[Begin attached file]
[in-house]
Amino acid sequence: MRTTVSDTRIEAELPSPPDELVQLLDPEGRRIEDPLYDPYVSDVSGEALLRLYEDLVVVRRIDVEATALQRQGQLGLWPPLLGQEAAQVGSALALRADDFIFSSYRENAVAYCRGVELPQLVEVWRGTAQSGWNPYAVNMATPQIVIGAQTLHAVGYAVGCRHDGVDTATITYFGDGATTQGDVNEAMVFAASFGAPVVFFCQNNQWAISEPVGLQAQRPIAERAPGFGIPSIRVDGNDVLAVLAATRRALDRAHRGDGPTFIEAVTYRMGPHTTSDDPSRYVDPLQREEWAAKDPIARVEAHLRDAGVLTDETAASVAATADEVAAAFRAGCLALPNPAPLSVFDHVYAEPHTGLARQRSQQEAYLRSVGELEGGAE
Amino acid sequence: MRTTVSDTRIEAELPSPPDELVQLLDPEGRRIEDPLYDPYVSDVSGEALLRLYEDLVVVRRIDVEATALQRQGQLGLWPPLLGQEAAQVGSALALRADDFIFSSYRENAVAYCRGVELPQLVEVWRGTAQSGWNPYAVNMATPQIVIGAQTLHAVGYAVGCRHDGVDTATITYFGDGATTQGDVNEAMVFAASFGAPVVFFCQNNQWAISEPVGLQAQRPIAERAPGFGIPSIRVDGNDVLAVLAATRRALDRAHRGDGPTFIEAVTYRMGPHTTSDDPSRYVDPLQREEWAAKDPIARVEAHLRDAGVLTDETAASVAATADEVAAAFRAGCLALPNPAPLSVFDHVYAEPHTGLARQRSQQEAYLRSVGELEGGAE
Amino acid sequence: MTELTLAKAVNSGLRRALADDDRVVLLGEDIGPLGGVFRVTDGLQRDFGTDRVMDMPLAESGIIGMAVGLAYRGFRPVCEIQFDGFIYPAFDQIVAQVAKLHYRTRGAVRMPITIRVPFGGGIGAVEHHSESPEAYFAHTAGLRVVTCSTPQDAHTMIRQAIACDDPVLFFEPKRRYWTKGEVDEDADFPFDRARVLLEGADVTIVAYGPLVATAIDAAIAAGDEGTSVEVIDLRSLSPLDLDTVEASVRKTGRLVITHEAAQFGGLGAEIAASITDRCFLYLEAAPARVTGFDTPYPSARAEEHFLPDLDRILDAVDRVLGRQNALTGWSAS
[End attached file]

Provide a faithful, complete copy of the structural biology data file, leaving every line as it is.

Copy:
[in-house]
Amino acid sequence: MRTTVSDTRIEAELPSPPDELVQLLDPEGRRIEDPLYDPYVSDVSGEALLRLYEDLVVVRRIDVEATALQRQGQLGLWPPLLGQEAAQVGSALALRADDFIFSSYRENAVAYCRGVELPQLVEVWRGTAQSGWNPYAVNMATPQIVIGAQTLHAVGYAVGCRHDGVDTATITYFGDGATTQGDVNEAMVFAASFGAPVVFFCQNNQWAISEPVGLQAQRPIAERAPGFGIPSIRVDGNDVLAVLAATRRALDRAHRGDGPTFIEAVTYRMGPHTTSDDPSRYVDPLQREEWAAKDPIARVEAHLRDAGVLTDETAASVAATADEVAAAFRAGCLALPNPAPLSVFDHVYAEPHTGLARQRSQQEAYLRSVGELEGGAE
Amino acid sequence: MRTTVSDTRIEAELPSPPDELVQLLDPEGRRIEDPLYDPYVSDVSGEALLRLYEDLVVVRRIDVEATALQRQGQLGLWPPLLGQEAAQVGSALALRADDFIFSSYRENAVAYCRGVELPQLVEVWRGTAQSGWNPYAVNMATPQIVIGAQTLHAVGYAVGCRHDGVDTATITYFGDGATTQGDVNEAMVFAASFGAPVVFFCQNNQWAISEPVGLQAQRPIAERAPGFGIPSIRVDGNDVLAVLAATRRALDRAHRGDGPTFIEAVTYRMGPHTTSDDPSRYVDPLQREEWAAKDPIARVEAHLRDAGVLTDETAASVAATADEVAAAFRAGCLALPNPAPLSVFDHVYAEPHTGLARQRSQQEAYLRSVGELEGGAE
Amino acid sequence: MTELTLAKAVNSGLRRALADDDRVVLLGEDIGPLGGVFRVTDGLQRDFGTDRVMDMPLAESGIIGMAVGLAYRGFRPVCEIQFDGFIYPAFDQIVAQVAKLHYRTRGAVRMPITIRVPFGGGIGAVEHHSESPEAYFAHTAGLRVVTCSTPQDAHTMIRQAIACDDPVLFFEPKRRYWTKGEVDEDADFPFDRARVLLEGADVTIVAYGPLVATAIDAAIAAGDEGTSVEVIDLRSLSPLDLDTVEASVRKTGRLVITHEAAQFGGLGAEIAASITDRCFLYLEAAPARVTGFDTPYPSARAEEHFLPDLDRILDAVDRVLGRQNALTGWSAS